The Microbiomal Technicolour Dreamcoat

Before incubation

Before incubation

Before incubation

Before incubation

Before incubation

Before incubation

After incubation

After incubation

After incubation

After incubation

After incubation

After incubation

The dyes on these textile samples have been generated by the activity of the bacteria from my own microbiome. The process involves the use of chromogens which are commonly used in bacteriology for the convenient identification of bacteria. Essentially, chromogens are colourless compounds which become brightly coloured (here, blue, pink, black and purple) when certain types of bacteria interact with them.

The idea behind this project is to highlight the importance of the human microbiome, a massively complex microbial ecosystem of some 100 trillion or so microorganisms that live on the body and which has recently been shown to have profound influence on our health and even mental well-being. These are test swatches and the final outcome will be a brightly coloured and wearable garment in which the colours and designs are a result of the activities of my own microbiome.

I like the fact that I only have limited control over the final design,  as the bacteria used impart their own and usually hidden narrative to the work, as they move through the fabric and interact with it, and each other.

Three Colonizations

IMG_3884 IMG_3885 IMG_3886

These are by Poulomi Desai and are from Anna Dumitriu’s BioArt workshop taking place at Watermans Art Centre as as part of The Romantic Disease events.

Poulomi printed out these images placed them onto a microbiological kitchen agar that I developed a while ago (a medium that allows the growth of many microorganisms and which can be prepared simply from ingredients purchased at many supermarkets.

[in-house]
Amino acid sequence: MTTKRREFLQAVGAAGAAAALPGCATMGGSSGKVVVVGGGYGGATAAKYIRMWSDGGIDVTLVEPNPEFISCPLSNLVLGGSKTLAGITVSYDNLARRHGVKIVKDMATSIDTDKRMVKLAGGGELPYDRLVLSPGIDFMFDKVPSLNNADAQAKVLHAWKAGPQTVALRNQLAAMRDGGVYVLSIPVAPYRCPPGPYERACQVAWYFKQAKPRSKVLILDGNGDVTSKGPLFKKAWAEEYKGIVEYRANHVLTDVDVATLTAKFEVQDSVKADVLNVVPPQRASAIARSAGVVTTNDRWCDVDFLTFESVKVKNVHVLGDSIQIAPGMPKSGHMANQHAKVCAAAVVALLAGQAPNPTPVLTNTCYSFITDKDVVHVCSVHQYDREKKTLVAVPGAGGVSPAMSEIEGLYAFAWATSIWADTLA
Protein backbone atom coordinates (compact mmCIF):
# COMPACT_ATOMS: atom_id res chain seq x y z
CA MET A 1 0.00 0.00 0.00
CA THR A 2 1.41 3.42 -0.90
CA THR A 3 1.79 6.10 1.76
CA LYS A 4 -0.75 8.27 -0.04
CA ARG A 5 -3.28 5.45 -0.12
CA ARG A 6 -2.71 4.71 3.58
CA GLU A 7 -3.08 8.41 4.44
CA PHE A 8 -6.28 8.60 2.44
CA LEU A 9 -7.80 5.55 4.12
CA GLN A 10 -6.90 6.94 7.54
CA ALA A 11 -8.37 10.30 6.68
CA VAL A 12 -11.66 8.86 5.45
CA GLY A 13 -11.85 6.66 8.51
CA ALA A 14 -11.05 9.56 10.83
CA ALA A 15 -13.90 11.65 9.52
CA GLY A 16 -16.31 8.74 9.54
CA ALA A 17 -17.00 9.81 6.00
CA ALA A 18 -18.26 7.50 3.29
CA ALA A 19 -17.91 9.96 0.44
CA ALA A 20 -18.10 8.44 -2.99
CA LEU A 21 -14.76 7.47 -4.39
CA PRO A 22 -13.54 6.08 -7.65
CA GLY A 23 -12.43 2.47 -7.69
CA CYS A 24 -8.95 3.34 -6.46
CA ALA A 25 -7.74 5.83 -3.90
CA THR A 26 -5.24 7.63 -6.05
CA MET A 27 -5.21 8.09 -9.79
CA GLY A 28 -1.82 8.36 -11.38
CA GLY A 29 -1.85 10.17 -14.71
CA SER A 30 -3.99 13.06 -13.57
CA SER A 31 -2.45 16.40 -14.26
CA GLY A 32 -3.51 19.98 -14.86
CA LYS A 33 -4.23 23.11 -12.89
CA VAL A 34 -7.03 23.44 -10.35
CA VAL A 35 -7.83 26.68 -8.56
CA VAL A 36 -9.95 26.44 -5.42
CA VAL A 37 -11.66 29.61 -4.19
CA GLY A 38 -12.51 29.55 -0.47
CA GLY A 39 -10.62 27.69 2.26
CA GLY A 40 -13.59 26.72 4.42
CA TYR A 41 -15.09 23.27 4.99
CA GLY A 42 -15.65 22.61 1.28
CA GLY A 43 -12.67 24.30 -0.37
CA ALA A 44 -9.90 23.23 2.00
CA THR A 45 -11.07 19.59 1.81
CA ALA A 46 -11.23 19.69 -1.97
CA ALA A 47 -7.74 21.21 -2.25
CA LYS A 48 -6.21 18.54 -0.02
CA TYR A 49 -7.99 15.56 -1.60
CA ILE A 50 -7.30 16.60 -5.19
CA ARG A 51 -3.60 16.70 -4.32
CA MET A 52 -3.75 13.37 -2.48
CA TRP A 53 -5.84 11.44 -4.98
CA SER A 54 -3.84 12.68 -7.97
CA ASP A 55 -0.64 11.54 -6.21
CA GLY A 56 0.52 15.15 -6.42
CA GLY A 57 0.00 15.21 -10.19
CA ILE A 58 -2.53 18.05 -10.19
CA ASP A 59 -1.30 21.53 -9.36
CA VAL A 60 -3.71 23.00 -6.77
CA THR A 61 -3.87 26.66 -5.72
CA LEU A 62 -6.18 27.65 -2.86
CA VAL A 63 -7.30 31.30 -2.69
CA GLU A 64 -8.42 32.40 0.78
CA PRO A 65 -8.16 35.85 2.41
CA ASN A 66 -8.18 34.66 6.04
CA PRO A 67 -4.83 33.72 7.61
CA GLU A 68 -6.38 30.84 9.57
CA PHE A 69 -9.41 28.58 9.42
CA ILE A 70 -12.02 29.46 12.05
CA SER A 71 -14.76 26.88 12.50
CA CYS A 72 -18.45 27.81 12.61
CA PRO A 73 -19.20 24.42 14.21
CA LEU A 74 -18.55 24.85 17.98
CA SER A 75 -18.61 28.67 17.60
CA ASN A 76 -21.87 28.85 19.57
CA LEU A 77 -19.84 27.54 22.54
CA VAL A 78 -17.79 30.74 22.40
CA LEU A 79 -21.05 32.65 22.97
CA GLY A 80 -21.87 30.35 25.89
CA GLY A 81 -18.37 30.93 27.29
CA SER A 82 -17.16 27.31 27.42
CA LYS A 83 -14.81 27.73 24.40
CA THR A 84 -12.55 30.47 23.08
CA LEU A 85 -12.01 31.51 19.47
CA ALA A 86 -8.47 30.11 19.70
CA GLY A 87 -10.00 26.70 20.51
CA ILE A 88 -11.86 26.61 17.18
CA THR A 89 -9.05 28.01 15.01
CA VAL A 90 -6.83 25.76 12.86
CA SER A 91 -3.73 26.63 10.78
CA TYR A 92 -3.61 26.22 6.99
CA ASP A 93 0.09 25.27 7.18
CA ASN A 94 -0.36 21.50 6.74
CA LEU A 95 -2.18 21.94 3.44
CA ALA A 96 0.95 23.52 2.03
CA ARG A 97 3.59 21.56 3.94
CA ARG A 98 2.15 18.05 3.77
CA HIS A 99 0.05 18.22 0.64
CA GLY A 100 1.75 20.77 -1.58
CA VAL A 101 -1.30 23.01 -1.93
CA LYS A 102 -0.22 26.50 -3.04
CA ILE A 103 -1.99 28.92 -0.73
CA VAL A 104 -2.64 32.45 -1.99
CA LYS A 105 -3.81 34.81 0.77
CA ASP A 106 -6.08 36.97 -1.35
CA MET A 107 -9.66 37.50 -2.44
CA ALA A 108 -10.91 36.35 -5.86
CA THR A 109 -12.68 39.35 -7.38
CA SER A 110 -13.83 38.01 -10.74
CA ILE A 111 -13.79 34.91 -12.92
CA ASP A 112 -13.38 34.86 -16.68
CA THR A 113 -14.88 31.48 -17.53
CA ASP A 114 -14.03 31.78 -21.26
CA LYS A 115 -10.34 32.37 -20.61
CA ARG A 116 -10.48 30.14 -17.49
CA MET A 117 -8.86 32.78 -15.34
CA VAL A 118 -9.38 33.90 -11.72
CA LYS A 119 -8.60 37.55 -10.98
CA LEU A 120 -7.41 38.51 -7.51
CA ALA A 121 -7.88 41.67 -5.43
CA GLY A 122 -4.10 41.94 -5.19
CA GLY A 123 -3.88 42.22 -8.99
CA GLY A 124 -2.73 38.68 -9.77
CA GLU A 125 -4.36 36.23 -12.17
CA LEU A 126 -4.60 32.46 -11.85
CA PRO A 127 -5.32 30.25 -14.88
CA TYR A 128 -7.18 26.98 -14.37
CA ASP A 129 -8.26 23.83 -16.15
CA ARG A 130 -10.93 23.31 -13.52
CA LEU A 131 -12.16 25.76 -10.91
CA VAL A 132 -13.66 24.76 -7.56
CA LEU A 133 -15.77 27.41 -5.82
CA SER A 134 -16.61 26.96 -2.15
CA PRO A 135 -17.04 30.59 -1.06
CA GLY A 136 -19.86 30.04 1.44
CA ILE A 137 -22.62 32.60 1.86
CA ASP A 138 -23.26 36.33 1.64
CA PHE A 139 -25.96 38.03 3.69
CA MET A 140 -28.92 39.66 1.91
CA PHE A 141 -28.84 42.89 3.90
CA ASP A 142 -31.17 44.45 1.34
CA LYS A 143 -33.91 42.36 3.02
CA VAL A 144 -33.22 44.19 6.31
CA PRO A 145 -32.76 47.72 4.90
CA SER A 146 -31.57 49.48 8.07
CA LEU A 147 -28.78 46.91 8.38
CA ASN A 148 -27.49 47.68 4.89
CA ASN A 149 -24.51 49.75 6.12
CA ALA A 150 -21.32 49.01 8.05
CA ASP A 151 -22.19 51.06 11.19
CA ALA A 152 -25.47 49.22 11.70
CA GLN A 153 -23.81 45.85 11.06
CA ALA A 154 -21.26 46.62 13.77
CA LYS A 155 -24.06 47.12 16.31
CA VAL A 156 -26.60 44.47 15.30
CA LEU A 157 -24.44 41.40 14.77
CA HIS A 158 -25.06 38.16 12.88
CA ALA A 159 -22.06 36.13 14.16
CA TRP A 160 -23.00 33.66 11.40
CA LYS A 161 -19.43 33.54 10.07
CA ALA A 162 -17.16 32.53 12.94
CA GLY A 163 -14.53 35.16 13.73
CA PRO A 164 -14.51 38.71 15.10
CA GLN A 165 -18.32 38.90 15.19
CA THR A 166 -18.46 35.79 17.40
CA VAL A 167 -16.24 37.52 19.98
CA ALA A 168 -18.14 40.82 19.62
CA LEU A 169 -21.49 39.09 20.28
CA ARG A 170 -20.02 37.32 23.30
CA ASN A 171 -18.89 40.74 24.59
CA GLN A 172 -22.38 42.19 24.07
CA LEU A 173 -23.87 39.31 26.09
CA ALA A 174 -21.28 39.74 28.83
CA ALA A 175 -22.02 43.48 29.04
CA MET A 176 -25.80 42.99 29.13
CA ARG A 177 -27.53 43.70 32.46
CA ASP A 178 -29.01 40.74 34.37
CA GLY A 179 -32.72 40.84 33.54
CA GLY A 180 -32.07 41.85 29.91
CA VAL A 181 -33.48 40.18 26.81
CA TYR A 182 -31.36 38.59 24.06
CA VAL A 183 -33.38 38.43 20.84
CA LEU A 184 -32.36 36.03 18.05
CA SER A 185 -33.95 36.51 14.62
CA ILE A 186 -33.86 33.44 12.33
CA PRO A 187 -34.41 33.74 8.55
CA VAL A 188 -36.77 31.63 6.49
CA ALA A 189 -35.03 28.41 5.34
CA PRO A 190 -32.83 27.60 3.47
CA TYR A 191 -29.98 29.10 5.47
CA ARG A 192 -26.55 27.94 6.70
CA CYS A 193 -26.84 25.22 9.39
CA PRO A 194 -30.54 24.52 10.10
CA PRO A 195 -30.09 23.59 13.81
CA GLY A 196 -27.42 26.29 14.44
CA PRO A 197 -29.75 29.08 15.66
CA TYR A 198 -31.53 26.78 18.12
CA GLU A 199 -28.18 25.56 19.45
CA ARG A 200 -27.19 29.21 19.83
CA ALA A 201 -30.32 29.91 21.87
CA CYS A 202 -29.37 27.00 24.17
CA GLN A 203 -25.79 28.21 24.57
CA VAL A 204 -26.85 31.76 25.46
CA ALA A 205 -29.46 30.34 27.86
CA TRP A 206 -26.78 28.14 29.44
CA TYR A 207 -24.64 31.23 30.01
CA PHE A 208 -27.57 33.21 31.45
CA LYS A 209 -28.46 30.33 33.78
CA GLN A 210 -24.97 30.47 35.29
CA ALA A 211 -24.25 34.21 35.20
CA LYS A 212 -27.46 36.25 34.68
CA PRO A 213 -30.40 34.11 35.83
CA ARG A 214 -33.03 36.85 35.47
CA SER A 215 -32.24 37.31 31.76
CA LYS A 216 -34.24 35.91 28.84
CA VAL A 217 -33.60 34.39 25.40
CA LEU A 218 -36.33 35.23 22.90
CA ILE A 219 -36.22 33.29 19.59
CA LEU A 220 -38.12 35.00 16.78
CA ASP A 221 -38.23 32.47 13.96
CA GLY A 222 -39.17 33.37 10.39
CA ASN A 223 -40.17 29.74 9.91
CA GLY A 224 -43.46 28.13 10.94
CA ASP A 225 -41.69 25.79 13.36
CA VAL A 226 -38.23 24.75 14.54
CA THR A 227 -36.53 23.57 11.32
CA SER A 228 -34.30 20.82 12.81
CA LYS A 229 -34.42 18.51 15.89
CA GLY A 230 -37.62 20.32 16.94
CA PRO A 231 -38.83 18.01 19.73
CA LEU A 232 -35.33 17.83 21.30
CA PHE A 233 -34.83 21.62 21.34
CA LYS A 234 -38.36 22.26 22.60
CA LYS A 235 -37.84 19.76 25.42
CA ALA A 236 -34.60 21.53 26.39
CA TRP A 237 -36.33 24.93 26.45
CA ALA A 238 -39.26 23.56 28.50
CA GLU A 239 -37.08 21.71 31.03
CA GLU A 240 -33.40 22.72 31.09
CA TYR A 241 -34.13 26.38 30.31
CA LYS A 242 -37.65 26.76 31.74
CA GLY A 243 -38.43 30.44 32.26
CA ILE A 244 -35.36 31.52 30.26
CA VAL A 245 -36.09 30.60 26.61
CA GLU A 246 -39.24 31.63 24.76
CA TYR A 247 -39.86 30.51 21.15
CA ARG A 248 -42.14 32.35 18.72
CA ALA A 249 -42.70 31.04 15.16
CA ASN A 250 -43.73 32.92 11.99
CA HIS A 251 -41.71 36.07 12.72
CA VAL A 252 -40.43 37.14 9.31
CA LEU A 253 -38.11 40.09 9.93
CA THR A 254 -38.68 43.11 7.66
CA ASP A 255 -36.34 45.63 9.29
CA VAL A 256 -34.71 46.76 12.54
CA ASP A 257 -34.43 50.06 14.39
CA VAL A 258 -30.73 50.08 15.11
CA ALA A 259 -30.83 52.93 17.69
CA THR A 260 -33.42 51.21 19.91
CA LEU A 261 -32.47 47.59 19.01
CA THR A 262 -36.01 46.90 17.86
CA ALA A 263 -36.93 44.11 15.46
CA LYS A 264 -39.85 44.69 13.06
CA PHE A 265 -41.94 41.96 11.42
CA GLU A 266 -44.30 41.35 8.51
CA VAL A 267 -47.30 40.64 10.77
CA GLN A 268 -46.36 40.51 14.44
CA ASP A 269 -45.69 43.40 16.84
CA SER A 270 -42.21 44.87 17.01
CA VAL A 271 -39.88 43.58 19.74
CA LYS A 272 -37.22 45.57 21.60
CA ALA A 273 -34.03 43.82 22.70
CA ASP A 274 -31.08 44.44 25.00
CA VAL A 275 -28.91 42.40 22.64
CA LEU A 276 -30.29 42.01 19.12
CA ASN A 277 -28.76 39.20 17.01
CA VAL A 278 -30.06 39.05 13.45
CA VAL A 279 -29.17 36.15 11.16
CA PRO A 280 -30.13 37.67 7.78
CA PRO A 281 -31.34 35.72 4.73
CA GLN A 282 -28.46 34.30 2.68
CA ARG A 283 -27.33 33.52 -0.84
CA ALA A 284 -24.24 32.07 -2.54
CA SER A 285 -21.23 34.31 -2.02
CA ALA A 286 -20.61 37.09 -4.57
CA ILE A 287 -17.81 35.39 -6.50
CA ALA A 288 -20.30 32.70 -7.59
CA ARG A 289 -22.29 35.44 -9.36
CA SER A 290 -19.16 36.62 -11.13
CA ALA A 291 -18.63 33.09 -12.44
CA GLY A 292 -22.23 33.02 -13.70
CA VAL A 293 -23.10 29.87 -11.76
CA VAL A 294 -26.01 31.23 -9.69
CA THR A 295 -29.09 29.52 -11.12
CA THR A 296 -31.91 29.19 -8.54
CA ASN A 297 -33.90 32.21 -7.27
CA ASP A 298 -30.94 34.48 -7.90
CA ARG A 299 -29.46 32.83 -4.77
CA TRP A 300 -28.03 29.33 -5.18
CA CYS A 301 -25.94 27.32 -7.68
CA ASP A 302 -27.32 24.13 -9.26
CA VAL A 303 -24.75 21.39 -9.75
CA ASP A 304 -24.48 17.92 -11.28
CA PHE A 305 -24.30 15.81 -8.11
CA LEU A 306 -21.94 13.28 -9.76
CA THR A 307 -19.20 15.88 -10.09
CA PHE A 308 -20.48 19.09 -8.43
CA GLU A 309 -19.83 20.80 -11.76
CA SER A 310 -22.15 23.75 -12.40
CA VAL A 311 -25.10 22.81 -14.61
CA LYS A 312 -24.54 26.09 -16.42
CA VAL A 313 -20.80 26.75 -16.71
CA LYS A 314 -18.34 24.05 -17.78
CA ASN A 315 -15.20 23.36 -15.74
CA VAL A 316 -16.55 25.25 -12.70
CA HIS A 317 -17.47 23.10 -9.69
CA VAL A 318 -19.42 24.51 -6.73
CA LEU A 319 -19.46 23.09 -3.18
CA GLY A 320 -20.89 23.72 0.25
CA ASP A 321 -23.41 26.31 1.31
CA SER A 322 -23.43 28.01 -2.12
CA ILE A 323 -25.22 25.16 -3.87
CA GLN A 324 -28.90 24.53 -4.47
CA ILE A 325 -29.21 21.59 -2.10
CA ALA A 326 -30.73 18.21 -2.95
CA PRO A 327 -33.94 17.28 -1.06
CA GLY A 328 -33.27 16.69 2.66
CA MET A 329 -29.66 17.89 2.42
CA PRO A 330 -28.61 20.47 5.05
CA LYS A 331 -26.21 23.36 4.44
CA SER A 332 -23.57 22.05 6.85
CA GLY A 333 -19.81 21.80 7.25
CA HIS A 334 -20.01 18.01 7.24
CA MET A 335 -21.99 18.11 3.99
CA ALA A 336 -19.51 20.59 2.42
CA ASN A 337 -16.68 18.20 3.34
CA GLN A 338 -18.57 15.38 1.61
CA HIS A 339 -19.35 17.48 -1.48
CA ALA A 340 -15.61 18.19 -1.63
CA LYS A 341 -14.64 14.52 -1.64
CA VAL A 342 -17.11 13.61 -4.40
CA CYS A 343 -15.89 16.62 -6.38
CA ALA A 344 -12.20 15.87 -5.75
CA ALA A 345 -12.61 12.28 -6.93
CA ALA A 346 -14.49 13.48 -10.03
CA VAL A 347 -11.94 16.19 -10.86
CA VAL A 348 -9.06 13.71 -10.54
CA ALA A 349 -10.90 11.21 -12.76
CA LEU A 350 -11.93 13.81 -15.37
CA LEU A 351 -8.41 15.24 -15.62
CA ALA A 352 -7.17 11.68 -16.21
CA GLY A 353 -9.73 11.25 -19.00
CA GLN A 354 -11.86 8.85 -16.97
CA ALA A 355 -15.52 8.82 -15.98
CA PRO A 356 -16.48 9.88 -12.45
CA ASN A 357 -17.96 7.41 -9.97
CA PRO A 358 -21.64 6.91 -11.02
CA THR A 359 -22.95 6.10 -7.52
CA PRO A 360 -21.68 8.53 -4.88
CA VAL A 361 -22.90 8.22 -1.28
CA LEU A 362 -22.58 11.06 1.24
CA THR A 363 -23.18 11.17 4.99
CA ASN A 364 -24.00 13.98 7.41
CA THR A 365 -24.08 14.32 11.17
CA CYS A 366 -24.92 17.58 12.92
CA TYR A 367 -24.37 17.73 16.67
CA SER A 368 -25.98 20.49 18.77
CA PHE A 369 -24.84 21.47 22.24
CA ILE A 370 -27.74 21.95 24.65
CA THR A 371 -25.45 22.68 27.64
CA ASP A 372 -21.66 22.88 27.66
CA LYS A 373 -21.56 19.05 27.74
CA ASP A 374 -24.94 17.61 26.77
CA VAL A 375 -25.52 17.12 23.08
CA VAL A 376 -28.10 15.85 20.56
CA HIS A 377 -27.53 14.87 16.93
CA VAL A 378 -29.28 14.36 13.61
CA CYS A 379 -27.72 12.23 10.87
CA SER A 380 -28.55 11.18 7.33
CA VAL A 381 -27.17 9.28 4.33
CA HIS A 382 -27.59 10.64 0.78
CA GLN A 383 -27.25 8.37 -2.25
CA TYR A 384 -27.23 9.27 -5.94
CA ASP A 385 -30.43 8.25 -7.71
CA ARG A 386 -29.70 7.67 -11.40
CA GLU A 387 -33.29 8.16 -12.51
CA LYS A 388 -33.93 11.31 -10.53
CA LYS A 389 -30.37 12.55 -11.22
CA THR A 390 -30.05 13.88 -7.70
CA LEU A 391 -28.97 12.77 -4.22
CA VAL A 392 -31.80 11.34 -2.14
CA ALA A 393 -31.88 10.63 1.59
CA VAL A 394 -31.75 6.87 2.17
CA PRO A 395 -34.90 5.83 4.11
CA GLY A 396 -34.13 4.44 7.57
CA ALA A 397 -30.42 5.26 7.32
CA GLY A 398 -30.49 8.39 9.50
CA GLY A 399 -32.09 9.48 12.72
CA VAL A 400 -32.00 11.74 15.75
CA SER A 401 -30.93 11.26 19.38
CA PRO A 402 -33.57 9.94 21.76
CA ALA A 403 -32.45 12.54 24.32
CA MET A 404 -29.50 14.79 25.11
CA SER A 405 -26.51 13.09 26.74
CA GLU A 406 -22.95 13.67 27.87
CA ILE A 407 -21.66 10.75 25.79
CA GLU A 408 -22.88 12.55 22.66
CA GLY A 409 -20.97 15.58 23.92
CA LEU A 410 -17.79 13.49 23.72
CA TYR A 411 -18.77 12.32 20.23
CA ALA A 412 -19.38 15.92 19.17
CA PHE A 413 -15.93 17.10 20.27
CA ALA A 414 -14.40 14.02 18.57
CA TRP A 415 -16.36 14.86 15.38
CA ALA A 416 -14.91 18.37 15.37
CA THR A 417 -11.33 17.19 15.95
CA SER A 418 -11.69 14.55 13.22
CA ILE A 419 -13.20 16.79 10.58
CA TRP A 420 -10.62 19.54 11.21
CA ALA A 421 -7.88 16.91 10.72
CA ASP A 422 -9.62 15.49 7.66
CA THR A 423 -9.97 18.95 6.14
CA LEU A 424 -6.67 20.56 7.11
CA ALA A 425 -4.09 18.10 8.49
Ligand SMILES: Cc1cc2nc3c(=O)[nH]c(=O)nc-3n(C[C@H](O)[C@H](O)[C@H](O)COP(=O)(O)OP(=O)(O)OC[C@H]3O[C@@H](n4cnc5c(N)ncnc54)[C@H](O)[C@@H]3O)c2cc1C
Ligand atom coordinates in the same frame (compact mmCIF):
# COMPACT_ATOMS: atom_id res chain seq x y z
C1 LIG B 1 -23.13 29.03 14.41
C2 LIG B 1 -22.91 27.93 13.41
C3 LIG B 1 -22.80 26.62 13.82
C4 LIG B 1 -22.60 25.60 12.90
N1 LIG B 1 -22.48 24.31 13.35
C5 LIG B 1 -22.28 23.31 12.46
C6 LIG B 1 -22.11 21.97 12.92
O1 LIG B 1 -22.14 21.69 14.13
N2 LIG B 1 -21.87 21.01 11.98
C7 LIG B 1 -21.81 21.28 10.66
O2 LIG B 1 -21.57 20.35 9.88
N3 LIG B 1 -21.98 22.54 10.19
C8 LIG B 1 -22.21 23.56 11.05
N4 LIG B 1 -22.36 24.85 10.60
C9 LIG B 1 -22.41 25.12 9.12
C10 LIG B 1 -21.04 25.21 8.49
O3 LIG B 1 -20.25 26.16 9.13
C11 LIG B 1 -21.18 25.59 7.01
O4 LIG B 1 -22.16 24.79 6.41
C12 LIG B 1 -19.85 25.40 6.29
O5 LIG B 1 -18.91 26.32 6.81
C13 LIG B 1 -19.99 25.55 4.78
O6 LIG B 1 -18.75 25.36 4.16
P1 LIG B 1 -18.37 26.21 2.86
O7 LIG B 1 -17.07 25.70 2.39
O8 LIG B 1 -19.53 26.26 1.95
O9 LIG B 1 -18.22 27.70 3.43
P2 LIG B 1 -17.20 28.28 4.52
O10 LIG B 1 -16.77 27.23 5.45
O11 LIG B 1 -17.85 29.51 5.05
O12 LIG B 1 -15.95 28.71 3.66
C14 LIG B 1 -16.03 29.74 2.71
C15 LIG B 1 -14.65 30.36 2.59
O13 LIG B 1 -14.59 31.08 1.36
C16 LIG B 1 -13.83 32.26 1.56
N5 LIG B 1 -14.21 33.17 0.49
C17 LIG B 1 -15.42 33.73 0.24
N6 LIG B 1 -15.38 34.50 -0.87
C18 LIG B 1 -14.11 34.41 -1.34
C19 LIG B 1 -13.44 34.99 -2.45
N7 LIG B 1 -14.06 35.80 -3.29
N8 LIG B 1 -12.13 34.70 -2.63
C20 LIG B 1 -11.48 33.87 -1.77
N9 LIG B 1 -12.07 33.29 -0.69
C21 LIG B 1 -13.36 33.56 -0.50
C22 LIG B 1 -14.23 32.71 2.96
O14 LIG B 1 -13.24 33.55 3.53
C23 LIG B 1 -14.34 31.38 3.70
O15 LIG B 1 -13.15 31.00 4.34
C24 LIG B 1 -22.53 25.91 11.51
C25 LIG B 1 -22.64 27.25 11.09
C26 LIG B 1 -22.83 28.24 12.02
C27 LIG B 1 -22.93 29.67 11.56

The images have been transformed, and colonized by,  life forms of real importance and hidden influence, that is the Earth’s microorganisms.

I find them quite disturbing and funny in equal measure.

Colouring My Microbiome: Update

IMG_3870 IMG_3871 IMG_3872 IMG_3873 IMG_3874 IMG_3875 IMG_3876

These are bacteria from my personal microbiome and thus, they are small part of the 100 trillion or so  microorganisms that live in my gut, mouth, skin and elsewhere. The total number of genes in my “second”  microbial genome exceeds the number of my human genes by a factor of 100-to-one.

I’m starting a project to colour my own micobiome so that I might paint, print or colour textiles with it. The processes uses chromogens.  These are colourless compounds that become brightly coloured when bacteria act upon them. So far I have made pink, blue, black and metallic black with members of my normal bacterial flora. I’m liking the idea of a living black ink made from it. Here are purified streaks of coloured bacteria that I have collected so far.

Colouring My Microbiome

IMG_3847 IMG_3848 IMG_3850 IMG_3851 IMG_3852 IMG_3853 IMG_3855 IMG_3858 IMG_3860 IMG_3862 IMG_3863 IMG_3864

These are bacteria from my personal microbiome and thus, they are small part of the 100 trillion or so  microorganisms that live in my gut, mouth, skin and elsewhere. The total number of genes in my “second”  microbial genome exceeds the number of my human genes by a factor of 100-to-one.

I’m starting a project to colour my own micobiome so that I might paint, print or colour textiles with it. Here are the very first tests. The processes uses chromogens.  These are colourless compounds that become brightly coloured when bacteria act upon them. So far I have made pink, blue, black and metallic black with members of my normal bacterial flora. I’m liking the idea of a living black ink made from it. What poems could I write with it?